So I was rummaging through my books in storage in an attempt to get some inspiration for this week’s post. Serendipitously I came across two of my favorite Jacobean pamphlets. (Yes, I am that level of a geek when it comes to Renaissance studies.) The Hic Mulier or The Man Woman and Haer Vir or the Womanish Man (both written in 1620)* are two pamphlets that debate the fad of female transvestitism in early 17th-century London. The more I thought about devoting a post to this topic the more I came to realize how appropriate this would be considering that the 12th Annual International Demin Day was celebrated on April 21st. For those unaware, Demin Day is a worldwide protest against a ruling by the Italian Supreme court in 1992. Here are the particulars of the case: a teenage girl was brutally raped by a 45-year old driving instructor, who threatened her life if she would tell anyone. Courageously the girl did report her assailant, and he was rightfully imprisoned. However, his conviction was overturned on appeal: the Italian Supreme Court ruled that despite the assault and death threats the sex must have been consensual since she was wearing skinny jeans and had to have taken them off for her rapist. Hence the girl was complicit in the act. So outraged by the absurdity of the court’s ruling, the women of the Italian Parliament within hours began protesting and showing solidarity with the victim by wearing jeans. In 1999, the organization Peace Over Violence started the first Demin Day in L.A..
The issue of sexual violence against women and women’s choice in clothing was being discussed in Jacobean London. Before I continue, I should give some context about the significance of clothing in Early Modern England. What a person wore was very rigidly policed by the state: the Sumptuary Laws regulated what type of clothe a person could wear. The penalty for violating the law could range from confiscation of property and/or imprisonment. Mainly, the purpose of these laws was to establish a visible marker of class, particularly at a time when the mercantile class was gaining the financial means to purchase richer clothe. Though the laws were maintained throughout the 16th-century (Henry VIII actually updated them), James I repealed them in 1604. Beyond class, clothing was also a way of stabilizing gender and sexual identity. A good example of this was the custom of breeching. Childhood was considered a period of asexuality; it was not until a young boy was “breeched” or put on his first pair of pants, between the age of 2-8. Until this point, young boys wore dresses/gowns. Clothing gave a person his/her sex. (See Stephen Orgel’s Impersonations: the Performance of Gender in Shakespeare’s England .)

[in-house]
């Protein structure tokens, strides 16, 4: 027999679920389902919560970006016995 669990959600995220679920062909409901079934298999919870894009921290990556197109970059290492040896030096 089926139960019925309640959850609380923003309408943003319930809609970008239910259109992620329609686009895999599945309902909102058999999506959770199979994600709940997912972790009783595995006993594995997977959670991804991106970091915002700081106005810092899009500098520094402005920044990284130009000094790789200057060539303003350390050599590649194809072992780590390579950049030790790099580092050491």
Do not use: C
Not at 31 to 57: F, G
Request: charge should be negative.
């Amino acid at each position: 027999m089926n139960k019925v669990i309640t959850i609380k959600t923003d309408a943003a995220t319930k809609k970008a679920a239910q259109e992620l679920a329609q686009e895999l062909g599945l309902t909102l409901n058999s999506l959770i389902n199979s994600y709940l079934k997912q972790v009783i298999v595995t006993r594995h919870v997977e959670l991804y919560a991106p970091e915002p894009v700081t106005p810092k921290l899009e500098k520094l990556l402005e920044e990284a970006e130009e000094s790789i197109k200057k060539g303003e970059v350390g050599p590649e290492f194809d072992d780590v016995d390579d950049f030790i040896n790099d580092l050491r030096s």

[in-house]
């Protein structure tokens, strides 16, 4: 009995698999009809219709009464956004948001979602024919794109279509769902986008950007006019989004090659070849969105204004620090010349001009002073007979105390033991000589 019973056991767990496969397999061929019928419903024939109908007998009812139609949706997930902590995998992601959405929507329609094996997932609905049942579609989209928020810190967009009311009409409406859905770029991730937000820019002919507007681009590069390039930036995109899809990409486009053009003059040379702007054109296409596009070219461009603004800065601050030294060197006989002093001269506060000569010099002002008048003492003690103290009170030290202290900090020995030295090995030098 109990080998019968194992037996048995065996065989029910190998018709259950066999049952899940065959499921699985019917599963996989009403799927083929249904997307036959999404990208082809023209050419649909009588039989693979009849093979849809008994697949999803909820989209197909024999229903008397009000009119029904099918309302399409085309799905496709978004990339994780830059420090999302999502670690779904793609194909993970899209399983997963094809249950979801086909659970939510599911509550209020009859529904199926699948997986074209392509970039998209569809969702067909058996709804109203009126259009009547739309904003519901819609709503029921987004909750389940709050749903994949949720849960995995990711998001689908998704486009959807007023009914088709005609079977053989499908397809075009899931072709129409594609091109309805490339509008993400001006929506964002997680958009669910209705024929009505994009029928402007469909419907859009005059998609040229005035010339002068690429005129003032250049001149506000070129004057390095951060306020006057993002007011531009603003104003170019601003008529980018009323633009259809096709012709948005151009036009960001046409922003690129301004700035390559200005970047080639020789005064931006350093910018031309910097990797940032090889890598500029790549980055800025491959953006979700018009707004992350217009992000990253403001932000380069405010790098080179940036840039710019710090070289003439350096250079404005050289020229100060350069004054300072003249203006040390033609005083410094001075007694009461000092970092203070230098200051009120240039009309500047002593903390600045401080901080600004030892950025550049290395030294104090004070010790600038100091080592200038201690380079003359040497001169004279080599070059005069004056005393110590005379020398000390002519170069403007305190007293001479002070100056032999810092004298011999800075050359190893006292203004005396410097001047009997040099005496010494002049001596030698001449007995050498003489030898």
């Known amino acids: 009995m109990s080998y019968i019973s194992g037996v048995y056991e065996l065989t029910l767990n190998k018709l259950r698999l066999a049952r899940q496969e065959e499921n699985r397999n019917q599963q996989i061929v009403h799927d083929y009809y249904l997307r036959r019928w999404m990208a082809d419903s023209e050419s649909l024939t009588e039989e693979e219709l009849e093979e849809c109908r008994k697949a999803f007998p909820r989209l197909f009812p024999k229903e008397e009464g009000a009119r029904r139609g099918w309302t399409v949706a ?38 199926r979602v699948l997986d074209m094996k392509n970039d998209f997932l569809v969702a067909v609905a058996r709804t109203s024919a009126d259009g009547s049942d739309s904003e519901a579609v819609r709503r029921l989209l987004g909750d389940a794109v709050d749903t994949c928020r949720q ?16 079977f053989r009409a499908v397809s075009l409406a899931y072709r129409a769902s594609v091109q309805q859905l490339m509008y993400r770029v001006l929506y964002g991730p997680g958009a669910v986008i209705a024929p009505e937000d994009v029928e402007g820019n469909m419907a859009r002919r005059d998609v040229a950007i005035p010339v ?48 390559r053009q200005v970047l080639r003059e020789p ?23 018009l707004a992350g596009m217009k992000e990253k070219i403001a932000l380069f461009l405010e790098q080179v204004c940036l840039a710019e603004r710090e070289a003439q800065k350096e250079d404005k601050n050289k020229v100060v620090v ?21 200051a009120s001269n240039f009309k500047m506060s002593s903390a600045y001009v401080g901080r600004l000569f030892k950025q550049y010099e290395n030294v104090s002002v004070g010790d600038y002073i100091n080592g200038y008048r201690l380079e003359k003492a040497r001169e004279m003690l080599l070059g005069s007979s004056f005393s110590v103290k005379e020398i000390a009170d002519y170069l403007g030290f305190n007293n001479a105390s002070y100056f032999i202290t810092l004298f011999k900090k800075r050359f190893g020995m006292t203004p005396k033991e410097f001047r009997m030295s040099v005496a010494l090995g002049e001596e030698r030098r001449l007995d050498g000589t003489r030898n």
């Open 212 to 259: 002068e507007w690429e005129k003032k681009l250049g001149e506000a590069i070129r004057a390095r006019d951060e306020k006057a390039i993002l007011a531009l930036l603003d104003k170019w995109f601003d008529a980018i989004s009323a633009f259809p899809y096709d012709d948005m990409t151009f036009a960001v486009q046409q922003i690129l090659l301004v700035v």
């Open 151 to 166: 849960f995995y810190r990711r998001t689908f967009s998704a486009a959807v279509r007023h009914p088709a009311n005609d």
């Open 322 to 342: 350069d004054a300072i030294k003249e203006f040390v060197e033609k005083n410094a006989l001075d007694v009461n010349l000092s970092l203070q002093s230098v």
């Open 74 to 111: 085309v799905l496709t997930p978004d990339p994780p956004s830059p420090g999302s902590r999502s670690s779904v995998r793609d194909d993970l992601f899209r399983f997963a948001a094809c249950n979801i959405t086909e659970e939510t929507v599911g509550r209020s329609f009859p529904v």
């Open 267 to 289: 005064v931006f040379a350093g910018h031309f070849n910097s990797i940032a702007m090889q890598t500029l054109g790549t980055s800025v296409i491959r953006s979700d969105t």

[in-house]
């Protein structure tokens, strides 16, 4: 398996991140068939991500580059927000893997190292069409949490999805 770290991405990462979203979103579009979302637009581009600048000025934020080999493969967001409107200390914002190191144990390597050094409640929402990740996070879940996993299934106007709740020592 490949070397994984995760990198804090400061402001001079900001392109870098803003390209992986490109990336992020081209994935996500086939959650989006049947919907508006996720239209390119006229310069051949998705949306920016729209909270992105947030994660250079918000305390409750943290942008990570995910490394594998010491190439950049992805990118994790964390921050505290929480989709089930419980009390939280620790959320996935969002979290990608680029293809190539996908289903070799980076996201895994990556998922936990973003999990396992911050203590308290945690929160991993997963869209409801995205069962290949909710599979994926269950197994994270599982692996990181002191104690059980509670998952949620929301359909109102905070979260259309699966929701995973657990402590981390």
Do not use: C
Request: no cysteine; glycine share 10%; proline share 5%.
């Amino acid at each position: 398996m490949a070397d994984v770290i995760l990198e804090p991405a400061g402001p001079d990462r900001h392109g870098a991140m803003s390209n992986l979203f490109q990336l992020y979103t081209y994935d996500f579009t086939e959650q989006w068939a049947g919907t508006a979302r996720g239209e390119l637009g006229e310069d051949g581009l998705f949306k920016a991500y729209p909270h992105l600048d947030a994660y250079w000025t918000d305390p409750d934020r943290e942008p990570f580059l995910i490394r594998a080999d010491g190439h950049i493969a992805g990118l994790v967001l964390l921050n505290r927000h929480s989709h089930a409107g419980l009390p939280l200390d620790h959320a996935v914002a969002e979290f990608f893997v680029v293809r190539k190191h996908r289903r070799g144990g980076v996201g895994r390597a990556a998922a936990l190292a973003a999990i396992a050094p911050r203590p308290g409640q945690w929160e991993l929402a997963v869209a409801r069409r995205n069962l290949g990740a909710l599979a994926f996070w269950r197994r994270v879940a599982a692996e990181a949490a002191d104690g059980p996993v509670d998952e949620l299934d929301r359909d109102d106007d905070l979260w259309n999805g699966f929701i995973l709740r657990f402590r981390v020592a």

The emergence of women cross-dressing really troubled the connection between clothing and sexual identity. For those Latin nerds out there, you probably notice something wrong right away with the term hic mulier: hic is the masculine form of “this,” while the noun it modifies is feminine, “mulier” or “woman.” The comment being made is that the female transvestite throws everything into chaos, including language.
In the 1620 pamphlet, Hic Mulier, the writer constantly describes this figure as defying any categorization: the hic mulier is “not halfe man, halfe woman; halfe fish, halfe flesh; halfe beast, halfe Monster.” The pamphlet goes on to accuse the female transvestite of dressing more lasciviously: